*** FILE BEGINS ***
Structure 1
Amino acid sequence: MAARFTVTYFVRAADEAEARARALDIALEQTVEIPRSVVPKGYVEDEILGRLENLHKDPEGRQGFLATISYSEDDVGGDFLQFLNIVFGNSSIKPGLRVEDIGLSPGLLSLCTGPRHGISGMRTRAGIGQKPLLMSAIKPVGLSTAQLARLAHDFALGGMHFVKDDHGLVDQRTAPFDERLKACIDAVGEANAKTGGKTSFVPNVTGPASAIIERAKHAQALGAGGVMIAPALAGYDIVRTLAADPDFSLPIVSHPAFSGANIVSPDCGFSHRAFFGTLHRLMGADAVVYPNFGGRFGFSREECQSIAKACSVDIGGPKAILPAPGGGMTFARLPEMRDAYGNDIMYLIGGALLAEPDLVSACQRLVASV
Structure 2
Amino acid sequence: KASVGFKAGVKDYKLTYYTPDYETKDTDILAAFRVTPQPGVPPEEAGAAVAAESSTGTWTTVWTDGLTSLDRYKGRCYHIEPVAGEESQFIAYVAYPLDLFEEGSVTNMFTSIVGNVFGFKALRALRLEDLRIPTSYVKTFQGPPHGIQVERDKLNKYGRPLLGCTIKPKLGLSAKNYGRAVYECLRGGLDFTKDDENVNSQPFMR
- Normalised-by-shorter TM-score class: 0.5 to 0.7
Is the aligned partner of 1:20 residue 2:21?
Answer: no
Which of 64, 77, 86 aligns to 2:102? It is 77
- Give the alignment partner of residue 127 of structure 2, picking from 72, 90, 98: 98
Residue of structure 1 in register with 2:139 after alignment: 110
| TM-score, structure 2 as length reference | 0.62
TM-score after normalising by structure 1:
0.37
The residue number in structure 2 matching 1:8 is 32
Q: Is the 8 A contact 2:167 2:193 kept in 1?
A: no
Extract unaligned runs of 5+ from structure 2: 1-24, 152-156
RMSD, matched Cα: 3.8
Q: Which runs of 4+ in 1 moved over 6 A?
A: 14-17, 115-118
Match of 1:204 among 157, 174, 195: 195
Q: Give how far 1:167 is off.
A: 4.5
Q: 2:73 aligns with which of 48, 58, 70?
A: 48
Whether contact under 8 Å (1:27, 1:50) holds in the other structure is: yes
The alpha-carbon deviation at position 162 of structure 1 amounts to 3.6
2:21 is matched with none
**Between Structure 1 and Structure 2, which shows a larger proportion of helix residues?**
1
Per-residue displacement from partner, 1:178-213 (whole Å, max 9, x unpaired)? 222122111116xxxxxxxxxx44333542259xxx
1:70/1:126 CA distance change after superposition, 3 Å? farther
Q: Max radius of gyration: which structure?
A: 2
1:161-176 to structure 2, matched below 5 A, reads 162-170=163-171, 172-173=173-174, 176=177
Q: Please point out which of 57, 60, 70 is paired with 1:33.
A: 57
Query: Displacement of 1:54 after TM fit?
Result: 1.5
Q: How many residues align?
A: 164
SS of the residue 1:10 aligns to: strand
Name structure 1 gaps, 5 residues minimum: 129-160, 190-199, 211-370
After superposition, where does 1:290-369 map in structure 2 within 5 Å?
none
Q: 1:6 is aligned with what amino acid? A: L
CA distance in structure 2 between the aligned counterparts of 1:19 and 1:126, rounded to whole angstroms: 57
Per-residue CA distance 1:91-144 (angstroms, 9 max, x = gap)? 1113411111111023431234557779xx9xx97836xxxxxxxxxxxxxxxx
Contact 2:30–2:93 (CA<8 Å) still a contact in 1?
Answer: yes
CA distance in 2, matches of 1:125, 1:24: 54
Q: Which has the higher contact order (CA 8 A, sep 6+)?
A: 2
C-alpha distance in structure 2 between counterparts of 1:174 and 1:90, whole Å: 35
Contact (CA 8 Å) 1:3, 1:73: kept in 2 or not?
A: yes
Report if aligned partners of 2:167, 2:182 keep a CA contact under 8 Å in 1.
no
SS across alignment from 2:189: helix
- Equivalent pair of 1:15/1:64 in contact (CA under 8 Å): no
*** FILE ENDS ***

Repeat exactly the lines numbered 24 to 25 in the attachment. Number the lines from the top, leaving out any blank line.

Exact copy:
Q: 2:73 aligns with which of 48, 58, 70?
A: 48